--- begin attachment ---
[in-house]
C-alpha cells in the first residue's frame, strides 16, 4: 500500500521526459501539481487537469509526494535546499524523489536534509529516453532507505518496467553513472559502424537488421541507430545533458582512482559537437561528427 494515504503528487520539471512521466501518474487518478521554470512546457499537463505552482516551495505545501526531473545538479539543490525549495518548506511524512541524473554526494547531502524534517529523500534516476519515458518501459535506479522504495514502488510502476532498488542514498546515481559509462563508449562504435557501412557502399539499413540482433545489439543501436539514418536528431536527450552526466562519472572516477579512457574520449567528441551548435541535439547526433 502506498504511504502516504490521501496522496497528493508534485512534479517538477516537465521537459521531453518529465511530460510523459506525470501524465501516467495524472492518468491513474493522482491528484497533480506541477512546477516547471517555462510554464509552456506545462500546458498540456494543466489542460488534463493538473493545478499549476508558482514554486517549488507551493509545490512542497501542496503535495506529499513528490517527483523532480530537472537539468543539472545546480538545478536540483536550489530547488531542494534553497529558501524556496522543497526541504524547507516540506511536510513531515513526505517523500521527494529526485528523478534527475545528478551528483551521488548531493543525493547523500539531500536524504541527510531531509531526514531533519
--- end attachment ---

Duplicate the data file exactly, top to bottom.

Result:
[in-house]
C-alpha cells in the first residue's frame, strides 16, 4: 500500500521526459501539481487537469509526494535546499524523489536534509529516453532507505518496467553513472559502424537488421541507430545533458582512482559537437561528427 494515504503528487520539471512521466501518474487518478521554470512546457499537463505552482516551495505545501526531473545538479539543490525549495518548506511524512541524473554526494547531502524534517529523500534516476519515458518501459535506479522504495514502488510502476532498488542514498546515481559509462563508449562504435557501412557502399539499413540482433545489439543501436539514418536528431536527450552526466562519472572516477579512457574520449567528441551548435541535439547526433 502506498504511504502516504490521501496522496497528493508534485512534479517538477516537465521537459521531453518529465511530460510523459506525470501524465501516467495524472492518468491513474493522482491528484497533480506541477512546477516547471517555462510554464509552456506545462500546458498540456494543466489542460488534463493538473493545478499549476508558482514554486517549488507551493509545490512542497501542496503535495506529499513528490517527483523532480530537472537539468543539472545546480538545478536540483536550489530547488531542494534553497529558501524556496522543497526541504524547507516540506511536510513531515513526505517523500521527494529526485528523478534527475545528478551528483551521488548531493543525493547523500539531500536524504541527510531531509531526514531533519